French President Emmanuel Macron delivered a televised speech to announce the lockdown. Photo: Gao Jing/Xinhua via Getty.
Coronavirus Cases Surge Across Europe
Protests have already erupted over the new lockdown measures.
“The virus is circulating at a speed that not even the most pessimistic forecasts had anticipated,” Macron said in a national address.
As the new rules were being discussed yesterday in Berlin, thousands of culture and entertainment industry workers, including artists, marched on the capital, with signs proclaiming “culture is dying.”
Merkel was frequently interrupted by lawmakers this morning as she defended the government’s new coronavirus measures.
“Freedom isn’t being able to do whatever you want,” she said. “Freedom is taking responsibility.”
Both nations have provided substantial bailouts this year. Germany handed out over €1 billion in cultural aid, in addition to bailouts for individuals issued earlier this spring.
In France, unemployment benefits were extended and museums got a $2.4 billion aid package this fall.
A Chokwe mask returned to Angola last year.
SINDIKA DOKOLO (1972-2020)
Africa’s art has lost
Dokolo, began collecting art at just 15 and never stopped till he died in a diving accident in Dubai at 48 on Thursday (Oct. 29).Dokolo, who was born in Kinshasa, DR Congo to wealthy Congolese business man and a Danish mother, was perhaps best known in recent years as the husband of Isabel dos Santos, nominally Africa’s richest woman and the daughter of former Angola president José Eduardo dos Santos. For most of the 2010s they were the ultimate African power couple with lavish property in Europe and attended the most glamorous fashion and art events. On Instagram today, dos Santos talked of her family’s “enormous sadness and pain.”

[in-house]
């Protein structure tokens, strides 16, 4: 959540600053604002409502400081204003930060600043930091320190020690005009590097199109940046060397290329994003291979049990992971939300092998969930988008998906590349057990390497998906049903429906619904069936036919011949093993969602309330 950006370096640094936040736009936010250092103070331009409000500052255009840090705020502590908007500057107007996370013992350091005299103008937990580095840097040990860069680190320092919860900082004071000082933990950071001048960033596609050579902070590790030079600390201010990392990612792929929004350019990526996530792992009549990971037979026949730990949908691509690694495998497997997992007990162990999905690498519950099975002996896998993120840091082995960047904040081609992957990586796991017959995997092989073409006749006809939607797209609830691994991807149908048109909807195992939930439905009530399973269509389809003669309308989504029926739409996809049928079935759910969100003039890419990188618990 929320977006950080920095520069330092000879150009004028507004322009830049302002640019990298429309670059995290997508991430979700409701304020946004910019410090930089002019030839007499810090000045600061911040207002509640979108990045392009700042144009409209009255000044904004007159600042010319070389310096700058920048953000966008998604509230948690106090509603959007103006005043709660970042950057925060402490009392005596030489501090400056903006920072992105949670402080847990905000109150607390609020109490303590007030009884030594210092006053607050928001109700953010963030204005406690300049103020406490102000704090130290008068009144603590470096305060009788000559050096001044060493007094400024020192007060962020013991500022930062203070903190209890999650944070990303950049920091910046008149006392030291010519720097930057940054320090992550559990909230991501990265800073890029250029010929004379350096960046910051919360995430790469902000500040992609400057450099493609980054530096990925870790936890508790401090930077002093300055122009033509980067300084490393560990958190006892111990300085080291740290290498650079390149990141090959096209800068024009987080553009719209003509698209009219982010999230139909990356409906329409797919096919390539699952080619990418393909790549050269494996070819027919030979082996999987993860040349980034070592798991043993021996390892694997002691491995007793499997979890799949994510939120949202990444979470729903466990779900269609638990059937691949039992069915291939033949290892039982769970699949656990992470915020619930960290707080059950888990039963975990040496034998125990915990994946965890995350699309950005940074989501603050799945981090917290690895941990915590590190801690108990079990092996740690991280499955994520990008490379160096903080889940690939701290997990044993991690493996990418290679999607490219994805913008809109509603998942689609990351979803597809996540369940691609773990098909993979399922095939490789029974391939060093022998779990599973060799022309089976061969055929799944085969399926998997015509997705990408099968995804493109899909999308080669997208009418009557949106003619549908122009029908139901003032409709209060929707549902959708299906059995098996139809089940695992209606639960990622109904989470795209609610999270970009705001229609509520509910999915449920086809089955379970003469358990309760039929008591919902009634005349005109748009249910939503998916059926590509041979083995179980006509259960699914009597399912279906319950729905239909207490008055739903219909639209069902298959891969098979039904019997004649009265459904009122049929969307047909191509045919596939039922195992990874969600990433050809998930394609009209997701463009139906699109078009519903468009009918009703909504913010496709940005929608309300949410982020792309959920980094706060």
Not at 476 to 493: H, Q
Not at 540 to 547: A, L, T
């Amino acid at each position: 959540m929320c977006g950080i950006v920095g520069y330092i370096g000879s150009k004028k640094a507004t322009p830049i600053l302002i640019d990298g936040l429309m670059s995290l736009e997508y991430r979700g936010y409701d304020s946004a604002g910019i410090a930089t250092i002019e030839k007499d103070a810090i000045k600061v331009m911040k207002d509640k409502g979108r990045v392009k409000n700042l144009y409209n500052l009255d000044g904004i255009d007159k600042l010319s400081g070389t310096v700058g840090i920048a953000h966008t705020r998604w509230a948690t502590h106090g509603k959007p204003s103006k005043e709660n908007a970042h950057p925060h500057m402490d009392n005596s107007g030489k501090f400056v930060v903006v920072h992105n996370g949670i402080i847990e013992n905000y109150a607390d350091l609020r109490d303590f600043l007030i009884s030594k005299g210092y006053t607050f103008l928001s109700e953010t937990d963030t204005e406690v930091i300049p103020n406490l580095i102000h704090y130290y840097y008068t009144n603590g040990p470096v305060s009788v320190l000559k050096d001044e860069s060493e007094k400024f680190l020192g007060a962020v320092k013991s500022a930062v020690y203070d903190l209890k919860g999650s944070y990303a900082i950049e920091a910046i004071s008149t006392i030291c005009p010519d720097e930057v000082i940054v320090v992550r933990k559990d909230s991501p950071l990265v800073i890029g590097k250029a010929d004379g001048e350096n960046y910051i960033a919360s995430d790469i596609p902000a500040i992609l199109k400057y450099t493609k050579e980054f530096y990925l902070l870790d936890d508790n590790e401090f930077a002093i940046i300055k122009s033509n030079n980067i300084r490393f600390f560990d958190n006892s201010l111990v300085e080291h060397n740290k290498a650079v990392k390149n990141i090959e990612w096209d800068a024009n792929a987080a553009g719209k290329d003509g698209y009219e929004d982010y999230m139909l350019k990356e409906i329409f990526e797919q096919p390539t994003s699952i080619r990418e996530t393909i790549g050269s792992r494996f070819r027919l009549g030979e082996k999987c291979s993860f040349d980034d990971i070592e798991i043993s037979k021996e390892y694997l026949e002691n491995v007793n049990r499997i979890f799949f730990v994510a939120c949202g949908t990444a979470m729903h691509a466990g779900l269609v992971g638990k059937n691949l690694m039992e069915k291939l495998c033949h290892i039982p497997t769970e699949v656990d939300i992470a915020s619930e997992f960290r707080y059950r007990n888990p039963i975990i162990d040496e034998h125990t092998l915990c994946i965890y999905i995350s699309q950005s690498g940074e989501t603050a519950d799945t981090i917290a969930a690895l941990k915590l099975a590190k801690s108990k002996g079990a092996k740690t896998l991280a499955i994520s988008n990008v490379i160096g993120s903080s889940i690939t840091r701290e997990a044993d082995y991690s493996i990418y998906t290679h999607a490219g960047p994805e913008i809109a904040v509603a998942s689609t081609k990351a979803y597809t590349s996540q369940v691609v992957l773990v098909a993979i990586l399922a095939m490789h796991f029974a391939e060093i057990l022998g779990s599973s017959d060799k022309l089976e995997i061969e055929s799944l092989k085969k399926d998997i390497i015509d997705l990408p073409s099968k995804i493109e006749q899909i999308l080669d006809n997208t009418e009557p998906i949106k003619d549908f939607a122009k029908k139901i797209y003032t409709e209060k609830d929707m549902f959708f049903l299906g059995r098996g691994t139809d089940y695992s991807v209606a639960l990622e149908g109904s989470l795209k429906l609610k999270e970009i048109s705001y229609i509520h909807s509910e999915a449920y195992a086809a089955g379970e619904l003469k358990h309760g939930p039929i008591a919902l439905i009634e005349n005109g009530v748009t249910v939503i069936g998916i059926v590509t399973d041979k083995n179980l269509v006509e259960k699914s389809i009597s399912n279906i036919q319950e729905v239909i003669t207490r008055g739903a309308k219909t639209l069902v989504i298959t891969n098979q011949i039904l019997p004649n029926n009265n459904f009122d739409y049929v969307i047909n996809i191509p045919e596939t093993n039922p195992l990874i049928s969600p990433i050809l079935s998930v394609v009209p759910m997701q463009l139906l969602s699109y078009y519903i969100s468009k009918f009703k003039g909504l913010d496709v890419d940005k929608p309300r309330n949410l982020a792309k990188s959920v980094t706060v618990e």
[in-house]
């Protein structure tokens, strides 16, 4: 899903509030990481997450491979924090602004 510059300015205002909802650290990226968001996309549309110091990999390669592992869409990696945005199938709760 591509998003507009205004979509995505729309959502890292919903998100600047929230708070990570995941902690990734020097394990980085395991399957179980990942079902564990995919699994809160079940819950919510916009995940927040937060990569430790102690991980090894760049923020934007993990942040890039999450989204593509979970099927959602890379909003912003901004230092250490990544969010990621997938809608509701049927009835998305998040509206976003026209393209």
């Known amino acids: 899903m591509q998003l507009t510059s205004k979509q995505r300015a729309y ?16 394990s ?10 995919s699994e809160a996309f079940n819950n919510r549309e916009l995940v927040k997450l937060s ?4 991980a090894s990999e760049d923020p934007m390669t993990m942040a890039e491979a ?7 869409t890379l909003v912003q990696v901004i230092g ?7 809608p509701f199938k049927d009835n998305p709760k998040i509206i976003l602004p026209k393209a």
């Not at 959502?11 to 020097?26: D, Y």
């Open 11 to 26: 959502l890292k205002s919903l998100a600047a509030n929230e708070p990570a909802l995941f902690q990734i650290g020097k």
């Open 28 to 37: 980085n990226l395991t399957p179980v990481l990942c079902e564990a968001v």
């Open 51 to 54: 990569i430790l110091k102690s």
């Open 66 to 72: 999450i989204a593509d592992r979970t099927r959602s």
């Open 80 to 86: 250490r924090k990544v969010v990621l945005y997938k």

Over the years Dokolo earned his reputation as a great supporter of African art. He has been reported to have amassed more than 3,000 works by the likes of the South Africans William Kentridge and Zanele Muholi; Barthelemy Toguo (Cameroon); Kudzanai Chiurai (Zimbabwe), and Edson Chagas (Angola).
"Aggie" explores the life of a prominent philanthropist.
Curating art as a form of activism
As a part of the Women in Film series of the Virginia Film Festival, director Catherine Gund’s documentary “Aggie” observes her mother’s journey as a philanthropist to examine art as a “means to transform consciousness and inspire social change,” and to highlight the issue of racial injustice. The film was introduced by Matthew McLendon, the director and chief curator at The Fralin Museum of Arts at the University. McLendon presented Agnus — known as “Aggie” — Gund as a “true visionary” in the “quest for our more perfect union.”
Gund’s most famous contribution to the art world and social reform is her selling of Roy Lichtenstein’s “Masterpiece” for a whopping $150 million. After drawing inspiration from Ava DuVernay’s film on mass incarceration titled “13th,” she used the money to start the Art for Justice Fund in order to fight criminal injustice. Some of the fund’s accomplishments include improving education, regaining voter rights for people in Florida and working to end juvenile life without parole. However, the biggest accomplishment of Gund and the Art for Justice Fund is setting a new standard for philanthropy. Aggie’s daughter, Catherine Gund, highlighted the significance of the fund and Aggie’s activism in this documentary by telling her mother’s life story and exploring her journey as an international benefactor.